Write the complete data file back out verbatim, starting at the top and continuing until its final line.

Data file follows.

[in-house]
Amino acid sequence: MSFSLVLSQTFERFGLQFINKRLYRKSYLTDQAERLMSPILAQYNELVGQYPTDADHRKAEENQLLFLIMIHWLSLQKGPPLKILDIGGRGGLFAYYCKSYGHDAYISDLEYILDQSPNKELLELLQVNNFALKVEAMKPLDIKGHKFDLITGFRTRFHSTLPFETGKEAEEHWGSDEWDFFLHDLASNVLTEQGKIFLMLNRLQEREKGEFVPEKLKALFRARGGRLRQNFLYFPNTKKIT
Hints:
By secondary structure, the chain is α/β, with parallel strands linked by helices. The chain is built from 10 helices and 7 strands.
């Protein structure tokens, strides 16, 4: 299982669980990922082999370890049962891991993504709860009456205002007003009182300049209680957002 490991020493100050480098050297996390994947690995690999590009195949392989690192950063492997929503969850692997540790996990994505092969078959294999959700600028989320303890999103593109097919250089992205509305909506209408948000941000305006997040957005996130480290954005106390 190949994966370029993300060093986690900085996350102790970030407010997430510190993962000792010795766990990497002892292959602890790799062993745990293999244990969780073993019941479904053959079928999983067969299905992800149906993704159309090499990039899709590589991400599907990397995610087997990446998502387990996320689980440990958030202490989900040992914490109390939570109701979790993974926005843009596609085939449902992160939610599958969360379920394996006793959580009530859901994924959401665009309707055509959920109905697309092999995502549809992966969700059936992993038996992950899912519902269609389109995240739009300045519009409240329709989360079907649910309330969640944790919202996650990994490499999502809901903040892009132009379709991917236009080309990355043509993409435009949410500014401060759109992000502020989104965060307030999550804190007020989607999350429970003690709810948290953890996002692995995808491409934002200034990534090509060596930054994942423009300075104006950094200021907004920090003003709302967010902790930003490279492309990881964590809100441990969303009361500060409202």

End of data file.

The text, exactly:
[in-house]
Amino acid sequence: MSFSLVLSQTFERFGLQFINKRLYRKSYLTDQAERLMSPILAQYNELVGQYPTDADHRKAEENQLLFLIMIHWLSLQKGPPLKILDIGGRGGLFAYYCKSYGHDAYISDLEYILDQSPNKELLELLQVNNFALKVEAMKPLDIKGHKFDLITGFRTRFHSTLPFETGKEAEEHWGSDEWDFFLHDLASNVLTEQGKIFLMLNRLQEREKGEFVPEKLKALFRARGGRLRQNFLYFPNTKKIT
Hints:
By secondary structure, the chain is α/β, with parallel strands linked by helices. The chain is built from 10 helices and 7 strands.
């Protein structure tokens, strides 16, 4: 299982669980990922082999370890049962891991993504709860009456205002007003009182300049209680957002 490991020493100050480098050297996390994947690995690999590009195949392989690192950063492997929503969850692997540790996990994505092969078959294999959700600028989320303890999103593109097919250089992205509305909506209408948000941000305006997040957005996130480290954005106390 190949994966370029993300060093986690900085996350102790970030407010997430510190993962000792010795766990990497002892292959602890790799062993745990293999244990969780073993019941479904053959079928999983067969299905992800149906993704159309090499990039899709590589991400599907990397995610087997990446998502387990996320689980440990958030202490989900040992914490109390939570109701979790993974926005843009596609085939449902992160939610599958969360379920394996006793959580009530859901994924959401665009309707055509959920109905697309092999995502549809992966969700059936992993038996992950899912519902269609389109995240739009300045519009409240329709989360079907649910309330969640944790919202996650990994490499999502809901903040892009132009379709991917236009080309990355043509993409435009949410500014401060759109992000502020989104965060307030999550804190007020989607999350429970003690709810948290953890996002692995995808491409934002200034990534090509060596930054994942423009300075104006950094200021907004920090003003709302967010902790930003490279492309990881964590809100441990969303009361500060409202």